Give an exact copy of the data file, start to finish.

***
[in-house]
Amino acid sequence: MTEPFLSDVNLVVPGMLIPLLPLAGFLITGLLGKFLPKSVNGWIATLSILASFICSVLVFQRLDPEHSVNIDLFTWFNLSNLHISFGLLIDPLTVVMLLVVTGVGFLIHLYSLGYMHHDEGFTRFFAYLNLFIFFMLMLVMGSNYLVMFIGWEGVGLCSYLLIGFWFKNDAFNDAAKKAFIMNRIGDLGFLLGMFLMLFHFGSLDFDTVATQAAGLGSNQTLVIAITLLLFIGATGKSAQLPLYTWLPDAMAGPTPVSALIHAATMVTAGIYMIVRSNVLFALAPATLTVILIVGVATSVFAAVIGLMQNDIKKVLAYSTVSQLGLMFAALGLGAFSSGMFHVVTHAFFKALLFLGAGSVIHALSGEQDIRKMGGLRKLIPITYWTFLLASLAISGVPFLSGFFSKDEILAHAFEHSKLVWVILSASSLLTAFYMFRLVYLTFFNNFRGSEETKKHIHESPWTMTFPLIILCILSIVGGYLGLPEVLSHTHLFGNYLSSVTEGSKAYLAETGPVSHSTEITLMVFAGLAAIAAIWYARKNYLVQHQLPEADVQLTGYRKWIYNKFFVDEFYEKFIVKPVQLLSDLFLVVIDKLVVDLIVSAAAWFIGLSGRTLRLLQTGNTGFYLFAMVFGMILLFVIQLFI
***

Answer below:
[in-house]
Amino acid sequence: MTEPFLSDVNLVVPGMLIPLLPLAGFLITGLLGKFLPKSVNGWIATLSILASFICSVLVFQRLDPEHSVNIDLFTWFNLSNLHISFGLLIDPLTVVMLLVVTGVGFLIHLYSLGYMHHDEGFTRFFAYLNLFIFFMLMLVMGSNYLVMFIGWEGVGLCSYLLIGFWFKNDAFNDAAKKAFIMNRIGDLGFLLGMFLMLFHFGSLDFDTVATQAAGLGSNQTLVIAITLLLFIGATGKSAQLPLYTWLPDAMAGPTPVSALIHAATMVTAGIYMIVRSNVLFALAPATLTVILIVGVATSVFAAVIGLMQNDIKKVLAYSTVSQLGLMFAALGLGAFSSGMFHVVTHAFFKALLFLGAGSVIHALSGEQDIRKMGGLRKLIPITYWTFLLASLAISGVPFLSGFFSKDEILAHAFEHSKLVWVILSASSLLTAFYMFRLVYLTFFNNFRGSEETKKHIHESPWTMTFPLIILCILSIVGGYLGLPEVLSHTHLFGNYLSSVTEGSKAYLAETGPVSHSTEITLMVFAGLAAIAAIWYARKNYLVQHQLPEADVQLTGYRKWIYNKFFVDEFYEKFIVKPVQLLSDLFLVVIDKLVVDLIVSAAAWFIGLSGRTLRLLQTGNTGFYLFAMVFGMILLFVIQLFI